In American culture, sports figures are often idolized—placed on a pedestal and expected to perform at their highest level at all times, professionally and personally. In some cases, that pedestal can become an overwhelming burden. Trying to live up to the expectations of others and to an image created by the media can be a source of incredible stress to those who strive to be the best in their chosen sport. For some, like Maurice “Termite” Watkins, one failure in an otherwise stellar career can be the catalyst for rock bottom.
By the time he was sixteen, Termite had made a name for himself as the National Golden Gloves champion in the welterweight division. His father, worried about Termite’s propensity for fighting neighborhood children, had pushed his son into boxing at an early age with the hope that he could redirect Termite’s energies. His plan worked. Although Termite didn’t show a lot of technical ability early on, he could certainly take a punch. In fact, this stubborn young boy simply refused to fall to the mat, no matter how hard he was punched. This was a trait that would propel Termite to one of the biggest cards in boxing history.
On October 2, 1980, Termite fought Saoul Mamby in the junior welterweight division for the world championship. Termite didn’t know it at the time, but this night would go down in history. Also on the card were Muhammad Ali and Larry Holmes. Ali lost what would become a career-ending fight.
Termite lost in a controversial decision. In the space of a few hours, two of America’s best boxers ended their careers.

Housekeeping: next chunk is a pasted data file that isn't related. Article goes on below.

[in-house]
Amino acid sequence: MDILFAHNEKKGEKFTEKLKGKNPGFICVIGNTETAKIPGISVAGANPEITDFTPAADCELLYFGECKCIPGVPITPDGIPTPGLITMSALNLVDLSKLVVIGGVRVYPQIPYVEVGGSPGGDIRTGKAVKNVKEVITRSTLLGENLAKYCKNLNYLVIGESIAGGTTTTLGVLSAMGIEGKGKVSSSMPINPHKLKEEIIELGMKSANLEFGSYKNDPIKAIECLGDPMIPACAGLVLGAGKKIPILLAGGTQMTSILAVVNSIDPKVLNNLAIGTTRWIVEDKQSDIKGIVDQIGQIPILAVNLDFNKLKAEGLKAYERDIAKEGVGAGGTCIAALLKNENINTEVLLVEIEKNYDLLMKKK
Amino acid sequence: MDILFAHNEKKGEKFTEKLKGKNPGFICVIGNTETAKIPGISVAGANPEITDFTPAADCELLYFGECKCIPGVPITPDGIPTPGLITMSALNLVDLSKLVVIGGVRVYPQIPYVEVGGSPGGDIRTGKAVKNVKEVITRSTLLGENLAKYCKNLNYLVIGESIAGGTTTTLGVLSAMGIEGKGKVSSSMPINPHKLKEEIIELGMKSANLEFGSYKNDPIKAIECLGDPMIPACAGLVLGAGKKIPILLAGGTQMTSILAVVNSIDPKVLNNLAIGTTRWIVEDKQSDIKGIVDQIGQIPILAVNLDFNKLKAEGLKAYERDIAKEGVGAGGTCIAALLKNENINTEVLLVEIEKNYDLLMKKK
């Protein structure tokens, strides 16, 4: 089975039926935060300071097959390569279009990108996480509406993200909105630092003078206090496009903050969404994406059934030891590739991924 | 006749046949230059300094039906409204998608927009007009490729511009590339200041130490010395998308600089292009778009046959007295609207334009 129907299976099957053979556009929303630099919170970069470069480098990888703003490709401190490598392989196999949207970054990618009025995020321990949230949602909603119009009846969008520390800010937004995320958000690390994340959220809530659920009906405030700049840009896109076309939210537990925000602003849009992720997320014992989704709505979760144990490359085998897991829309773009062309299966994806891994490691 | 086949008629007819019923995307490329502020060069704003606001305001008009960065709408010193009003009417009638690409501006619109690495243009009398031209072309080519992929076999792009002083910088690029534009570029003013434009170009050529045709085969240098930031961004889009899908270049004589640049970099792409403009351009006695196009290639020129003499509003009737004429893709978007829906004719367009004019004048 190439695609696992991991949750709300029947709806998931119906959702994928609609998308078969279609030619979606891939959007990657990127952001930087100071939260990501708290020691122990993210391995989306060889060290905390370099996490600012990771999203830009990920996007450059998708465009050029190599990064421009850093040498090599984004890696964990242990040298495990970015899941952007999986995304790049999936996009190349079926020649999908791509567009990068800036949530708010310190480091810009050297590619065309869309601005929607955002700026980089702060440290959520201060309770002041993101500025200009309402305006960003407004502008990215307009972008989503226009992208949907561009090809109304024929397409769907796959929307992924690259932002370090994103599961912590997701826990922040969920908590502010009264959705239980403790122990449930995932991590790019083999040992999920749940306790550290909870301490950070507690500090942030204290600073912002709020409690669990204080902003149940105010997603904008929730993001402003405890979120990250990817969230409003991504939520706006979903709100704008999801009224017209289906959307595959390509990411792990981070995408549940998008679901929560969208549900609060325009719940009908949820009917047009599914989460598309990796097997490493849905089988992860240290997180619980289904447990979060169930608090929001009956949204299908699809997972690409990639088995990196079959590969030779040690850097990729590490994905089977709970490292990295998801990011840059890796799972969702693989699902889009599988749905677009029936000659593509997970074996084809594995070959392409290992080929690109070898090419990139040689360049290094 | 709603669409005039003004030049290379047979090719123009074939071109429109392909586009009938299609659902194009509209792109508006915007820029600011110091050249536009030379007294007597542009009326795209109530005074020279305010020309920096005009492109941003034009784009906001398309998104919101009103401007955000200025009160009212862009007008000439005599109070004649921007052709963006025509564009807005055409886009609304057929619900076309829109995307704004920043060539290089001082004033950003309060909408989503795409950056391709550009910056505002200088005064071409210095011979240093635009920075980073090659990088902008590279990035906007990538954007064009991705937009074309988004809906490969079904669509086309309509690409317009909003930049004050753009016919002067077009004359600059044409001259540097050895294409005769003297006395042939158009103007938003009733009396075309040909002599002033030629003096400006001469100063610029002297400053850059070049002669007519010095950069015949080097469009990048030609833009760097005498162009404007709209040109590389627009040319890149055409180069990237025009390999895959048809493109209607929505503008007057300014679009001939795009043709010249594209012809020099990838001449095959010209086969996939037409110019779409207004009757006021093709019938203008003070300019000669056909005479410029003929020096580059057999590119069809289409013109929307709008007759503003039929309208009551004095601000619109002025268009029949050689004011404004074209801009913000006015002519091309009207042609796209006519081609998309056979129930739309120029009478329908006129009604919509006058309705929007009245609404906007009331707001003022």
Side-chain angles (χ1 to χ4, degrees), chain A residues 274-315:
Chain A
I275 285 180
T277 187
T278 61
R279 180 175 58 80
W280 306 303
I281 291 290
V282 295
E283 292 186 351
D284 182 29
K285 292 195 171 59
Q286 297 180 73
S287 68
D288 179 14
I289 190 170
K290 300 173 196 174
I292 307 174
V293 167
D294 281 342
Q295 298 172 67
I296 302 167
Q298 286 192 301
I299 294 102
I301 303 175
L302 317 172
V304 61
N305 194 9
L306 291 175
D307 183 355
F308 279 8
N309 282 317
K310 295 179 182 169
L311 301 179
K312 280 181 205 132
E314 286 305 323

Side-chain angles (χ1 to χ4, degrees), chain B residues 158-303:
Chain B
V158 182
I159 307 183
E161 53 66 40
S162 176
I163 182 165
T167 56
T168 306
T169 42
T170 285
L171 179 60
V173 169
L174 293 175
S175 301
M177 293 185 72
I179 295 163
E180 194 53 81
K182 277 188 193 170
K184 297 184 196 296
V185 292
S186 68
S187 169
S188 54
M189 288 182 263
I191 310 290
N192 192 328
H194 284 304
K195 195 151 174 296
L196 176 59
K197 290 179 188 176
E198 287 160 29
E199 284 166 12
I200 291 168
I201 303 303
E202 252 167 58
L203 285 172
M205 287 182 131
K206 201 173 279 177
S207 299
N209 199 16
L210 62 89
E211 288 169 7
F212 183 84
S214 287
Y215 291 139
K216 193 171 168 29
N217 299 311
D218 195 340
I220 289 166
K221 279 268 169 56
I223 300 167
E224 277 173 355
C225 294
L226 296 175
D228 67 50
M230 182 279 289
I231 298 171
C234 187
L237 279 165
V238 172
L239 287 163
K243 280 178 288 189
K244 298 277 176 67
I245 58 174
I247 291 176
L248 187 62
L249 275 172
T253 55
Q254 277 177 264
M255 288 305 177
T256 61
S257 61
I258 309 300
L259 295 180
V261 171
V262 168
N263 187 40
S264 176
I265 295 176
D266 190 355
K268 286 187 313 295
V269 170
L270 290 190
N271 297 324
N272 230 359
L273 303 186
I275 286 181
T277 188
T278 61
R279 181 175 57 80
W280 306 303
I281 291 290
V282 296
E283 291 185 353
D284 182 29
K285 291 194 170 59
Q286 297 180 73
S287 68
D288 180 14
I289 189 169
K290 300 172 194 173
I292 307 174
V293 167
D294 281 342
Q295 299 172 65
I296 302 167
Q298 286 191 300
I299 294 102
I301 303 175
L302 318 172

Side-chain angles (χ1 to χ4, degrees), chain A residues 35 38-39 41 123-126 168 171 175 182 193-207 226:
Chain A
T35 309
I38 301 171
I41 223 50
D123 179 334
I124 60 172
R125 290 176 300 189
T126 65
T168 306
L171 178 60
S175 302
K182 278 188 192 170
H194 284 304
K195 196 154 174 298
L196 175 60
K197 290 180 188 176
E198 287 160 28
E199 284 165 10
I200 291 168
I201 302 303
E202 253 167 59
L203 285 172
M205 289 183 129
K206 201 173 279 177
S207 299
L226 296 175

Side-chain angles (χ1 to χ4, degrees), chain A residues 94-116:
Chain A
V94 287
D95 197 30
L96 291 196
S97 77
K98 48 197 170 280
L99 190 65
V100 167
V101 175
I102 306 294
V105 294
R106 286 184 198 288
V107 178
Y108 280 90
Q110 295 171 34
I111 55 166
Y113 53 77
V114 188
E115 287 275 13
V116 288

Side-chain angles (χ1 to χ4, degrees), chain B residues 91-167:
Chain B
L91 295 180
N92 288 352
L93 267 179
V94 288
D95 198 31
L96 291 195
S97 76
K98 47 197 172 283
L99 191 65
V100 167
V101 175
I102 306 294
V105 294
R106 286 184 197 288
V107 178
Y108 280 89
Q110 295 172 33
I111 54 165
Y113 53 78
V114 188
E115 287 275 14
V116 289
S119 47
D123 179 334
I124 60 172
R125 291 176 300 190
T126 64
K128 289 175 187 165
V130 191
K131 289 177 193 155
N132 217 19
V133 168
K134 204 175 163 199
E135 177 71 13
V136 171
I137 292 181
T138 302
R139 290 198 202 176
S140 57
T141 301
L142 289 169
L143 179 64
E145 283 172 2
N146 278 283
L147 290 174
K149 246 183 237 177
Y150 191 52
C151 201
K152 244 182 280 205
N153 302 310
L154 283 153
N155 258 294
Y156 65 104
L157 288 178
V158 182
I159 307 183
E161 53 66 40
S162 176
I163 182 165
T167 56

For Termite, the loss was devastating. His 58-5-2 record with forty-eight knockouts didn’t matter. He had lost the most important fight of his life. He eventually fought a few more fights, but injuries forced his retirement at the age of twenty-six.
Starting over without boxing wasn’t easy, and Termite, haunted by his failure, eventually began using cocaine to mask his pain. Laughing with friends and recounting past victories was much easier when he was high. For the next five years, Termite spiraled downward until he hit bottom.
The imminent threat of losing his family forced Termite to reevaluate the way he was living. He quit using drugs and turned his life around. His willingness to help others would eventually take him to a war-torn country and then on to the Olympics.
Rock Bottom and Back™ features Termite’s inspiring story, which shows that success can come through the most unexpected events and that sometimes your own aspirations are not as important as what you do to help others achieve their dreams.
My best to you,